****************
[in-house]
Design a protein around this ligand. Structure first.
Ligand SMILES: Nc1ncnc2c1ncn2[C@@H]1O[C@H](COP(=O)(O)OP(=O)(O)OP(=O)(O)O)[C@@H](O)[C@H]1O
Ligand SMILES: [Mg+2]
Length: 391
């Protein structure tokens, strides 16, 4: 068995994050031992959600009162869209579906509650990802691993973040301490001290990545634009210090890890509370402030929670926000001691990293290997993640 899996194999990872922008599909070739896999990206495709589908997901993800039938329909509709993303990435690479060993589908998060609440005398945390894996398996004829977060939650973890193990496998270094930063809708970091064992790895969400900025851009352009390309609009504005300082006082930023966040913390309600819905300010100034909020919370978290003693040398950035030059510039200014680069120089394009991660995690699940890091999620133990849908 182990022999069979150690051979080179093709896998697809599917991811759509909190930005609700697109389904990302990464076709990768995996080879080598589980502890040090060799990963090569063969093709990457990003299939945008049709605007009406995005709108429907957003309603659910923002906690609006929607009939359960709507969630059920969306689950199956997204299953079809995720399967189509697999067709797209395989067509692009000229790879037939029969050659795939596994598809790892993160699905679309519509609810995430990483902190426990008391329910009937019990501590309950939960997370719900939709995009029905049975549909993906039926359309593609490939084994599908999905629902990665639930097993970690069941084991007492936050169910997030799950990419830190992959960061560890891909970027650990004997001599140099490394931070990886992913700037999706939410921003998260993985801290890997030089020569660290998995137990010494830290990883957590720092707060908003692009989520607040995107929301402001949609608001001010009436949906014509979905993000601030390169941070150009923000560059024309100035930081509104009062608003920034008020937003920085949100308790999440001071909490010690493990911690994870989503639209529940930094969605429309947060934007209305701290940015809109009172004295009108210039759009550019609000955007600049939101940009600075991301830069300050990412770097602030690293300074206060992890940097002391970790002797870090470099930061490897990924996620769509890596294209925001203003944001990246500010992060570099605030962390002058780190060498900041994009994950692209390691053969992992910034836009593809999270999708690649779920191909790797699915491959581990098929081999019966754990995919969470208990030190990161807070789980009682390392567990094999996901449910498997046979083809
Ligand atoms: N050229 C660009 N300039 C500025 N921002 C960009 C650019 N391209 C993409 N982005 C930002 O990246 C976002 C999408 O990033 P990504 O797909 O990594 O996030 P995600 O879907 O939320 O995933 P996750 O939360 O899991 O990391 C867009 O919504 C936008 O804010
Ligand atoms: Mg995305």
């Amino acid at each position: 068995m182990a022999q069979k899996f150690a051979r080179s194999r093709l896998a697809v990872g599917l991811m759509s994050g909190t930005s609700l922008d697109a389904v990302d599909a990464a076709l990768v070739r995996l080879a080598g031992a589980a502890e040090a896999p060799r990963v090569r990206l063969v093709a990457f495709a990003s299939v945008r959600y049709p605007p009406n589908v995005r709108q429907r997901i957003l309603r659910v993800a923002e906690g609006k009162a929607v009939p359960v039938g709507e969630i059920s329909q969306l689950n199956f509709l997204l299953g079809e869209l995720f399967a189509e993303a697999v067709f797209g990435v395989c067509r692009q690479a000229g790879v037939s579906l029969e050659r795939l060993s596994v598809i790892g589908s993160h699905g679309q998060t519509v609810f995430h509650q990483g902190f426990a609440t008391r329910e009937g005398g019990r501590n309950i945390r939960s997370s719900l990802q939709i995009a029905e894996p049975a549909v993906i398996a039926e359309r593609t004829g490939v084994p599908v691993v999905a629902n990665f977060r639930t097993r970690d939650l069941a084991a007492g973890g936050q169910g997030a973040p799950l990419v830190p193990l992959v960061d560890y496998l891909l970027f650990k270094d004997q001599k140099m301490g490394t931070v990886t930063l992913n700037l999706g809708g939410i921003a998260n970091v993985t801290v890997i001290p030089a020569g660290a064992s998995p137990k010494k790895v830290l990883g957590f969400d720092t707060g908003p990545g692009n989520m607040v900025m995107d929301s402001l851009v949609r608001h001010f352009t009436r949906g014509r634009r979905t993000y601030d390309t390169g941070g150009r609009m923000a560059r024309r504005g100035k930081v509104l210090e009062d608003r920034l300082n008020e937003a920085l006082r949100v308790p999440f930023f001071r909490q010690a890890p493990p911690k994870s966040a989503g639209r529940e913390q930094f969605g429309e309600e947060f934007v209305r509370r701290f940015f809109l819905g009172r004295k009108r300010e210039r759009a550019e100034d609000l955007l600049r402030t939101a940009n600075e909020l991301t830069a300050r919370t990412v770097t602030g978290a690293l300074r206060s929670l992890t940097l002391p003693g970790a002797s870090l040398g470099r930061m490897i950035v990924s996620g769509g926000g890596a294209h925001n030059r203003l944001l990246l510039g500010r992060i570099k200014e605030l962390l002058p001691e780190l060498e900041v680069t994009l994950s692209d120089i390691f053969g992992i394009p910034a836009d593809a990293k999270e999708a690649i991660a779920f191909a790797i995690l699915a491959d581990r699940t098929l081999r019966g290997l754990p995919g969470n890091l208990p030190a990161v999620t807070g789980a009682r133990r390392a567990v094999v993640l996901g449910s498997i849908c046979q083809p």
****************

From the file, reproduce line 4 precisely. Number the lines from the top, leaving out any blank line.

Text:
Ligand SMILES: [Mg+2]